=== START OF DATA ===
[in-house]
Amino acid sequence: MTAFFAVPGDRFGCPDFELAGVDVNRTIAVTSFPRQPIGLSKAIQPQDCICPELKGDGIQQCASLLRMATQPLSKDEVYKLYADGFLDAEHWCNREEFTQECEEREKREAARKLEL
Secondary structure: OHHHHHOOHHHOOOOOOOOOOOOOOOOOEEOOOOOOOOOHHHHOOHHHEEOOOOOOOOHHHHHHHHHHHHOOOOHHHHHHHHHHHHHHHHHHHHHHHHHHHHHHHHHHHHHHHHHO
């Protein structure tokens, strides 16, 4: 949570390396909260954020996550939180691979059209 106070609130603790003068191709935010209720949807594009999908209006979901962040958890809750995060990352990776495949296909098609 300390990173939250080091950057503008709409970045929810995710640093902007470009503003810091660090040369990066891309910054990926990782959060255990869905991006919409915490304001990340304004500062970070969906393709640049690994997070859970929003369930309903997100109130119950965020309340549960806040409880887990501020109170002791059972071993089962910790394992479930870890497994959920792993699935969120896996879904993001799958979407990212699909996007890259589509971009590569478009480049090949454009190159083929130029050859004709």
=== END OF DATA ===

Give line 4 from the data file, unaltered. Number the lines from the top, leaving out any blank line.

């Protein structure tokens, strides 16, 4: 949570390396909260954020996550939180691979059209 106070609130603790003068191709935010209720949807594009999908209006979901962040958890809750995060990352990776495949296909098609 300390990173939250080091950057503008709409970045929810995710640093902007470009503003810091660090040369990066891309910054990926990782959060255990869905991006919409915490304001990340304004500062970070969906393709640049690994997070859970929003369930309903997100109130119950965020309340549960806040409880887990501020109170002791059972071993089962910790394992479930870890497994959920792993699935969120896996879904993001799958979407990212699909996007890259589509971009590569478009480049090949454009190159083929130029050859004709």